ICER Analysis Finds Spark Gene Therapy Priced Too High

January 17, 2018

Rare Daily Staff

The Institute for Clinical and Economic Review, an independent non-profit research institute that analyzes the evidence on the effectiveness and value of drugs and other medical services, said its updated Evidence Report assessing the comparative clinical effectiveness and value of Spark Therapeutics gene therapy Luxturna to treat a genetic ultra-rare disease that causes vision loss found its pricing does not meet standard cost-effectiveness thresholds.

The report, issued January 12, was updated after four weeks of public comment.

Earlier this month Spark announced it would charge $850,000 for the one-time therapy, the first gene therapy approved in the United States to treat a genetic disease. At the time, Spark announced three payer programs: an outcomes-based rebate arrangement with a long-term durability measure, a contracting model, and a proposal to CMS under which payments for Luxturna would be made over time. The programs are intended to help ensure eligible U.S. patients have access to Luxturna.

Luxturna is approved for the treatment of patients with confirmed biallelic RPE65 mutation-associated retinal dystrophy that leads to vision loss and may cause complete blindness in certain patients. The condition affects about 1,000 to 2,000 patients in the United States. The RPE65 gene provides instructions for making an enzyme that is essential for normal vision. There are currently no approved pharmacologic treatment options for IRD due to biallelic RPE65 gene mutations.

Luxturna works by delivering a normal copy of the RPE65 gene directly to retinal cells. These retinal cells then produce the normal protein that converts light to an electrical signal in the retina to restore patient’s vision loss. Luxturna uses a naturally occurring adeno-associated virus, which has been modified using recombinant DNA techniques, as a vehicle to deliver the normal human RPE65 gene to the retinal cells to restore vision.

“While the evidence is clear the therapy improves vision for patients over several years, the long-term duration of this benefit remains unknown. Assuming a 10- to 20-year period of benefit, at list price the treatment does not meet standard cost-effectiveness thresholds, even after accounting for the broader societal benefits improved vision has on productivity and education cost,” said David Rind, Chief Medical Officer at ICER.  “The cost-effectiveness findings move into standard ranges only in analyses that consider these non-medical benefits while also assuming that only younger patients with the best baseline vision receive treatment.”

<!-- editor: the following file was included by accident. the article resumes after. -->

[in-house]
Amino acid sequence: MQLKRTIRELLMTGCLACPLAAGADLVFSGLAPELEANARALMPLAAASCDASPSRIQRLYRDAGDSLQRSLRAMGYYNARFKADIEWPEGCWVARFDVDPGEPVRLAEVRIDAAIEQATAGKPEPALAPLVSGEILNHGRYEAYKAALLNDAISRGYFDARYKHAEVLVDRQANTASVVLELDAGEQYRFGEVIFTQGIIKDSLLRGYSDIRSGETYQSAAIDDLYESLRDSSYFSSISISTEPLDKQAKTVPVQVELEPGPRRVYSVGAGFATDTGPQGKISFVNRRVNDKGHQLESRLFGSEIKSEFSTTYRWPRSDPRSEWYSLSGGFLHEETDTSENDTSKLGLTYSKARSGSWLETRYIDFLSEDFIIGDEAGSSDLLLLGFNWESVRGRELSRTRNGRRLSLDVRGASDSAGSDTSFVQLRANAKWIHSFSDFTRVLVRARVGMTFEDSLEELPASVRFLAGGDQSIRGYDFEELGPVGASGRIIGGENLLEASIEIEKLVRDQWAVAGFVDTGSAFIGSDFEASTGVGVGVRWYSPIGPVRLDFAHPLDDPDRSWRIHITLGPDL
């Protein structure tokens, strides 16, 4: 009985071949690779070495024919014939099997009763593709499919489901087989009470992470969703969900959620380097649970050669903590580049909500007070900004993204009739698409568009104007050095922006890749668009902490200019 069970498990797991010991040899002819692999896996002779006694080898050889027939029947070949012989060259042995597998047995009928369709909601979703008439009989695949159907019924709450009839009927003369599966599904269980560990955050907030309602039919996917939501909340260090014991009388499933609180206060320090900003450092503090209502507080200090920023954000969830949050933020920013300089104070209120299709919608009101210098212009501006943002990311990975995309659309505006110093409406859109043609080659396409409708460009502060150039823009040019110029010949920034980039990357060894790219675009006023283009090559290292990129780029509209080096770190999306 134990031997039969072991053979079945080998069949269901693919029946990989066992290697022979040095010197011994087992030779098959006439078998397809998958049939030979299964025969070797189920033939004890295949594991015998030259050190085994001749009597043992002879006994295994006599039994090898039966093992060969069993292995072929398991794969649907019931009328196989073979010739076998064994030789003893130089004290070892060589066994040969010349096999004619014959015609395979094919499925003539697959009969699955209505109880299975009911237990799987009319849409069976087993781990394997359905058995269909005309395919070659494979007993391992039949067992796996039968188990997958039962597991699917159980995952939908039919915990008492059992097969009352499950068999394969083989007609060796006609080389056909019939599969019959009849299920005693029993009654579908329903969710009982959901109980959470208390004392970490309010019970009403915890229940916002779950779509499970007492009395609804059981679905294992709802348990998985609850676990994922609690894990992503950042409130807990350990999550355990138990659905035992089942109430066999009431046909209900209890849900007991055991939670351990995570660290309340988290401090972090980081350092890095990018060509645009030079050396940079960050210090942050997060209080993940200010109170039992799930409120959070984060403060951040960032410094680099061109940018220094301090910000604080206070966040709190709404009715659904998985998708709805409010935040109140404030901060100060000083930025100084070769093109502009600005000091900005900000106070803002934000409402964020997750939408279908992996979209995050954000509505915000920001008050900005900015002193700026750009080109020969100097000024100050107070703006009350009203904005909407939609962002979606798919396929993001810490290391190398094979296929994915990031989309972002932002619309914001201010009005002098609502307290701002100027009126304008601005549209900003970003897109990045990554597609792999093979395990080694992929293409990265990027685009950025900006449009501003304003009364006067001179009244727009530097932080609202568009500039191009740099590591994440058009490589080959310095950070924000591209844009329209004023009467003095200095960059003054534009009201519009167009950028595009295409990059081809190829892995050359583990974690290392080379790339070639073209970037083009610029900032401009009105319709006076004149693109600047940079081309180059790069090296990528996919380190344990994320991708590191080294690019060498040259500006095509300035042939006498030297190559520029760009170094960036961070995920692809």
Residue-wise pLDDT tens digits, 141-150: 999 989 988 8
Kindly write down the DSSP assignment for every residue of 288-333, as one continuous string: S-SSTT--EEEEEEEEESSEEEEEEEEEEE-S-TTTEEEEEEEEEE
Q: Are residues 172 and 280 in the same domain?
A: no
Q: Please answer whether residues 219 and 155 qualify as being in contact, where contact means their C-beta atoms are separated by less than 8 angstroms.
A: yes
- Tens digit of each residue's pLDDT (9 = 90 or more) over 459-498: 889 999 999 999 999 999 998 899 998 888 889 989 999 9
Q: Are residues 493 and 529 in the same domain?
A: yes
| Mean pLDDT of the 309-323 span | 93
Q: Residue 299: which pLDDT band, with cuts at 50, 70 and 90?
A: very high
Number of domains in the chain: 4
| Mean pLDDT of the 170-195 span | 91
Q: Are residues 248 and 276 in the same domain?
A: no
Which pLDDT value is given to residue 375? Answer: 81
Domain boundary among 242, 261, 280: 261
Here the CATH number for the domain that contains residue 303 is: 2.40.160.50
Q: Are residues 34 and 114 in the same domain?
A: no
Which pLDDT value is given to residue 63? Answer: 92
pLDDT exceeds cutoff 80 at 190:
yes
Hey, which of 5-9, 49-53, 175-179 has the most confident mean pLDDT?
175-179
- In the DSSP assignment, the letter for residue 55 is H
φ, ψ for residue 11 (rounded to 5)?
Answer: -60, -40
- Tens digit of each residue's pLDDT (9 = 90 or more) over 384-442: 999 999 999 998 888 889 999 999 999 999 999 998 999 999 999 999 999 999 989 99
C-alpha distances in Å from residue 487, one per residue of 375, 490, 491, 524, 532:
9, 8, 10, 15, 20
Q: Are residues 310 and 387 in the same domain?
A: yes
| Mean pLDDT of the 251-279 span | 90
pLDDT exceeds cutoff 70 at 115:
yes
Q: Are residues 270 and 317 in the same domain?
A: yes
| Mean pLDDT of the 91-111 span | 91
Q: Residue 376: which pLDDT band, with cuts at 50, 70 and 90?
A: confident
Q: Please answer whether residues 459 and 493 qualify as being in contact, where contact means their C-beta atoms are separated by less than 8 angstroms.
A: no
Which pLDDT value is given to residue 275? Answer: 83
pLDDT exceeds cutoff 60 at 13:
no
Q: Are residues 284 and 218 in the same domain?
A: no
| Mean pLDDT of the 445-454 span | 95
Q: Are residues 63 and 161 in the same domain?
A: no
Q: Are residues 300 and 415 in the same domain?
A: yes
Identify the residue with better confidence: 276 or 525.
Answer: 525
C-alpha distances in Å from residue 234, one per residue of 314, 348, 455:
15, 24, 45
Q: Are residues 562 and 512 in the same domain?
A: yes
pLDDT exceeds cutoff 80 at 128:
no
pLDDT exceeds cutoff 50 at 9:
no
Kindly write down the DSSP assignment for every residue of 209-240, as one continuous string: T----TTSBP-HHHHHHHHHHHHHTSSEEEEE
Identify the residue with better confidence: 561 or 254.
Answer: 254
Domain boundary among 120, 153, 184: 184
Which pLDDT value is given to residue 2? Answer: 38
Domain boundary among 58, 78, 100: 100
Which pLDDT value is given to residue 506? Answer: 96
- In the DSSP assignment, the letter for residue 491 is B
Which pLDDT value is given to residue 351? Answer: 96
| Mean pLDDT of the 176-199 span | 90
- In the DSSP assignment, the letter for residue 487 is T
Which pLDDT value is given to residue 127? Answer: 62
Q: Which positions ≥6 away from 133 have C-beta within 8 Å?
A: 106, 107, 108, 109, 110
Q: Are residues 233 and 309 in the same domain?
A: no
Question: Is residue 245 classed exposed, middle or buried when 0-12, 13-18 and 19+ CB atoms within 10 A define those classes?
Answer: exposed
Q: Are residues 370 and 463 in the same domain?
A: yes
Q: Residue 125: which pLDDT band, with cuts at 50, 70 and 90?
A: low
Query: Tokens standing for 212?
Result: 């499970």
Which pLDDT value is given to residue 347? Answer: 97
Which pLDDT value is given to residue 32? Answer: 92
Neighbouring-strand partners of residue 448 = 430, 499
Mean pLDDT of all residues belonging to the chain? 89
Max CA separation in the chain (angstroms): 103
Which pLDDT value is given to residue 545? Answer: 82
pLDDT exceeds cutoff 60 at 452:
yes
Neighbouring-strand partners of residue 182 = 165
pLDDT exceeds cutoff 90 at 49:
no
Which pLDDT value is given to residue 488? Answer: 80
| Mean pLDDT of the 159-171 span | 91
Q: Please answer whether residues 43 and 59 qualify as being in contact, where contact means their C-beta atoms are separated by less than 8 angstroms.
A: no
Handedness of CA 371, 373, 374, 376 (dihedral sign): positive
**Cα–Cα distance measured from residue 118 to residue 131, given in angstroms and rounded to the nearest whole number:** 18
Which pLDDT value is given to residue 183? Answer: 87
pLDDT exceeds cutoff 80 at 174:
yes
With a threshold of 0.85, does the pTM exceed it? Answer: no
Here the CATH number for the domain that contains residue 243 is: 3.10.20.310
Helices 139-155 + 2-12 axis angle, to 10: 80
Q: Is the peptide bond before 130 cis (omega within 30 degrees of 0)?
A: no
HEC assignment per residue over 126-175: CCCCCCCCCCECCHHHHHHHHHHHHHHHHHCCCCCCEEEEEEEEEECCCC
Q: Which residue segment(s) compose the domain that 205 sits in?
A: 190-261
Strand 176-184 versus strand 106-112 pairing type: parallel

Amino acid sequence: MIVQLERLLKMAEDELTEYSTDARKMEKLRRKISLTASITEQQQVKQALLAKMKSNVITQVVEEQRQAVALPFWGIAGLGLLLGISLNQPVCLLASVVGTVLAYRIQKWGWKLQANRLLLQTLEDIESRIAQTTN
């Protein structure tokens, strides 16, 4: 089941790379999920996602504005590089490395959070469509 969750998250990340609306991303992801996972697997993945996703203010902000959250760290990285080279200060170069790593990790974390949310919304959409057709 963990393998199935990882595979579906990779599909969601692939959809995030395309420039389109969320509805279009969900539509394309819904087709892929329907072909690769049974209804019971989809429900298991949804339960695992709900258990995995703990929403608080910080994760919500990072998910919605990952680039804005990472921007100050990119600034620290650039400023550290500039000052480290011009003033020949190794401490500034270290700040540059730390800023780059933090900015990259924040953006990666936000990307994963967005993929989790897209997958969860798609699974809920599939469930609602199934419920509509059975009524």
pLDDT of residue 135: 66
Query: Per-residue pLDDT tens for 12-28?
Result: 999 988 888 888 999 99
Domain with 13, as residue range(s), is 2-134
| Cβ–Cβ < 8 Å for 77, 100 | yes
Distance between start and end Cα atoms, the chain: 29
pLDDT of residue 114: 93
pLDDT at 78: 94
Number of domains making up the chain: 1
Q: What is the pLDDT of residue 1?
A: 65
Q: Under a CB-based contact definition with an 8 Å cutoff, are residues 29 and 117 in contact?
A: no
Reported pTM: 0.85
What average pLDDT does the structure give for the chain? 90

While ICER acknowledge the need to consider contextual factors that could cause treatments for ultra-rare diseases to be priced at levels that exceed traditional cost-effectiveness thresholds, ICER said “policymakers also will need to consider how to manage pricing and payment arrangements for [Luxturna] to ensure long-term affordability, as well as patient access to the coming wave of genetic therapies for other conditions.”

ICER said that assuming a 10- to 20-year benefit of treatment for 15-year-olds – the average age of patients in the clinical trials – economic analyses found that, at the current price of $850,000, use of the treatment would exceed common cost-effectiveness thresholds.

Considering only direct health care system costs, Luxturna would require discounts between 75 percent and 82 percent to align with the benefit to patients treated at age 15, setting ICER’s value-based price benchmark between $153,000 and $217,000.

When also accounting for societal benefits related to education, greater productivity, reduced caregiver burden, and other factors, Luxturna would still require a 50-57 percent discount to remain below these thresholds, ICER said. Even when assuming an as-yet unproven lifetime benefit for the therapy, if found the cost remains well above commonly accepted thresholds.

ICER said separate analyses suggest that Luxturna meets standard cost-effectiveness thresholds when treating only three-year-old patients and accounting for both direct medical costs and broader societal benefits.

Spark said it disagrees with the base-case model that ICER has included in its revised Evidence Report because it continues to exclude the indirect costs associated with vision loss when assessing the cost-effectiveness of Luxturna.

“ICER’s modified societal perspective model more accurately assesses the cost-effectiveness of voretigene neparvovec, as it incorporates the significant indirect costs associated with the disease and non-medical benefits associated with [Luxturna],” Spark said in a statement emailed to Rare Daily. “In both cases, however, ICER’s analysis still fails to account for any benefit of treatment on quality of life for caregivers/family members.”

The ICER report will be the subject of an upcoming public meeting of the Midwest Comparative Effectiveness Public Advisory Council in Kansas City, Missouri on January 25, 2018. The council is one of ICER’s three independent evidence appraisal committees comprising medical evidence experts, practicing clinicians, methodologists, and leaders in patient engagement and advocacy.

Photo: David Rind, chief medical officer of ICER

This story was posted January 17, 2018 and updated January 17, 2018 to incorporate an comment from Spark

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